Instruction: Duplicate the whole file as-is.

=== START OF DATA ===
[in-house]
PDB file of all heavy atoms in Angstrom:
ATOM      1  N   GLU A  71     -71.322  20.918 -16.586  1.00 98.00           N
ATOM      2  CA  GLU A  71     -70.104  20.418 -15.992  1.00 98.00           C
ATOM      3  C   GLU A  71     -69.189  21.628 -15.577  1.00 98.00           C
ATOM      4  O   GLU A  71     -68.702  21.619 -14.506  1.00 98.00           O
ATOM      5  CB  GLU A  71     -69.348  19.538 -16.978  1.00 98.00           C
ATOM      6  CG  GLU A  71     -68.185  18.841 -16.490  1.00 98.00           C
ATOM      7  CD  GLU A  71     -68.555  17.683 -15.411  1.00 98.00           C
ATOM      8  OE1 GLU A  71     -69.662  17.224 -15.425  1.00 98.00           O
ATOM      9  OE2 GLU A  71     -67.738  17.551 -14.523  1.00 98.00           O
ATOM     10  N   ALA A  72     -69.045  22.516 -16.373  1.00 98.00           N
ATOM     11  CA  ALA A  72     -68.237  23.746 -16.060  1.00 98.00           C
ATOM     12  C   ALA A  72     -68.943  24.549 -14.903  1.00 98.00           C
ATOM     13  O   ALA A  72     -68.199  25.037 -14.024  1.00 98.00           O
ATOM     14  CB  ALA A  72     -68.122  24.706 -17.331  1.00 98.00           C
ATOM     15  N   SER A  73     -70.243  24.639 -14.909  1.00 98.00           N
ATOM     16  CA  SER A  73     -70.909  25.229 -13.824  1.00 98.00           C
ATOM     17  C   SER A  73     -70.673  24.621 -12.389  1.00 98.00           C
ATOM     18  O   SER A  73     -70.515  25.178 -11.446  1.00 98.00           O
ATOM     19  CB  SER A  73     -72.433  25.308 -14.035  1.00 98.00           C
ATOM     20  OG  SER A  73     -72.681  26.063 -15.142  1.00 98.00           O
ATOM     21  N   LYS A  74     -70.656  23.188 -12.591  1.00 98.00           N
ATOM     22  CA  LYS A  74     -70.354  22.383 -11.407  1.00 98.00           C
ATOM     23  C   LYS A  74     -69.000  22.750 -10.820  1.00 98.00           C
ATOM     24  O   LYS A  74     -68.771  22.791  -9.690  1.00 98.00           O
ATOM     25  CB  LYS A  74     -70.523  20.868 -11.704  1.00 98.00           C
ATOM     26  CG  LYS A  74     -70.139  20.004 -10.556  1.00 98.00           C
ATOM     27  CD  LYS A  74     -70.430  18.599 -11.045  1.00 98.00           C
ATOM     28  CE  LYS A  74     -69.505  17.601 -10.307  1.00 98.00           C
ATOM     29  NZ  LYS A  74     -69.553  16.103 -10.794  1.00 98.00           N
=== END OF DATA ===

[in-house]
PDB file of all heavy atoms in Angstrom:
ATOM      1  N   GLU A  71     -71.322  20.918 -16.586  1.00 98.00           N
ATOM      2  CA  GLU A  71     -70.104  20.418 -15.992  1.00 98.00           C
ATOM      3  C   GLU A  71     -69.189  21.628 -15.577  1.00 98.00           C
ATOM      4  O   GLU A  71     -68.702  21.619 -14.506  1.00 98.00           O
ATOM      5  CB  GLU A  71     -69.348  19.538 -16.978  1.00 98.00           C
ATOM      6  CG  GLU A  71     -68.185  18.841 -16.490  1.00 98.00           C
ATOM      7  CD  GLU A  71     -68.555  17.683 -15.411  1.00 98.00           C
ATOM      8  OE1 GLU A  71     -69.662  17.224 -15.425  1.00 98.00           O
ATOM      9  OE2 GLU A  71     -67.738  17.551 -14.523  1.00 98.00           O
ATOM     10  N   ALA A  72     -69.045  22.516 -16.373  1.00 98.00           N
ATOM     11  CA  ALA A  72     -68.237  23.746 -16.060  1.00 98.00           C
ATOM     12  C   ALA A  72     -68.943  24.549 -14.903  1.00 98.00           C
ATOM     13  O   ALA A  72     -68.199  25.037 -14.024  1.00 98.00           O
ATOM     14  CB  ALA A  72     -68.122  24.706 -17.331  1.00 98.00           C
ATOM     15  N   SER A  73     -70.243  24.639 -14.909  1.00 98.00           N
ATOM     16  CA  SER A  73     -70.909  25.229 -13.824  1.00 98.00           C
ATOM     17  C   SER A  73     -70.673  24.621 -12.389  1.00 98.00           C
ATOM     18  O   SER A  73     -70.515  25.178 -11.446  1.00 98.00           O
ATOM     19  CB  SER A  73     -72.433  25.308 -14.035  1.00 98.00           C
ATOM     20  OG  SER A  73     -72.681  26.063 -15.142  1.00 98.00           O
ATOM     21  N   LYS A  74     -70.656  23.188 -12.591  1.00 98.00           N
ATOM     22  CA  LYS A  74     -70.354  22.383 -11.407  1.00 98.00           C
ATOM     23  C   LYS A  74     -69.000  22.750 -10.820  1.00 98.00           C
ATOM     24  O   LYS A  74     -68.771  22.791  -9.690  1.00 98.00           O
ATOM     25  CB  LYS A  74     -70.523  20.868 -11.704  1.00 98.00           C
ATOM     26  CG  LYS A  74     -70.139  20.004 -10.556  1.00 98.00           C
ATOM     27  CD  LYS A  74     -70.430  18.599 -11.045  1.00 98.00           C
ATOM     28  CE  LYS A  74     -69.505  17.601 -10.307  1.00 98.00           C
ATOM     29  NZ  LYS A  74     -69.553  16.103 -10.794  1.00 98.00           N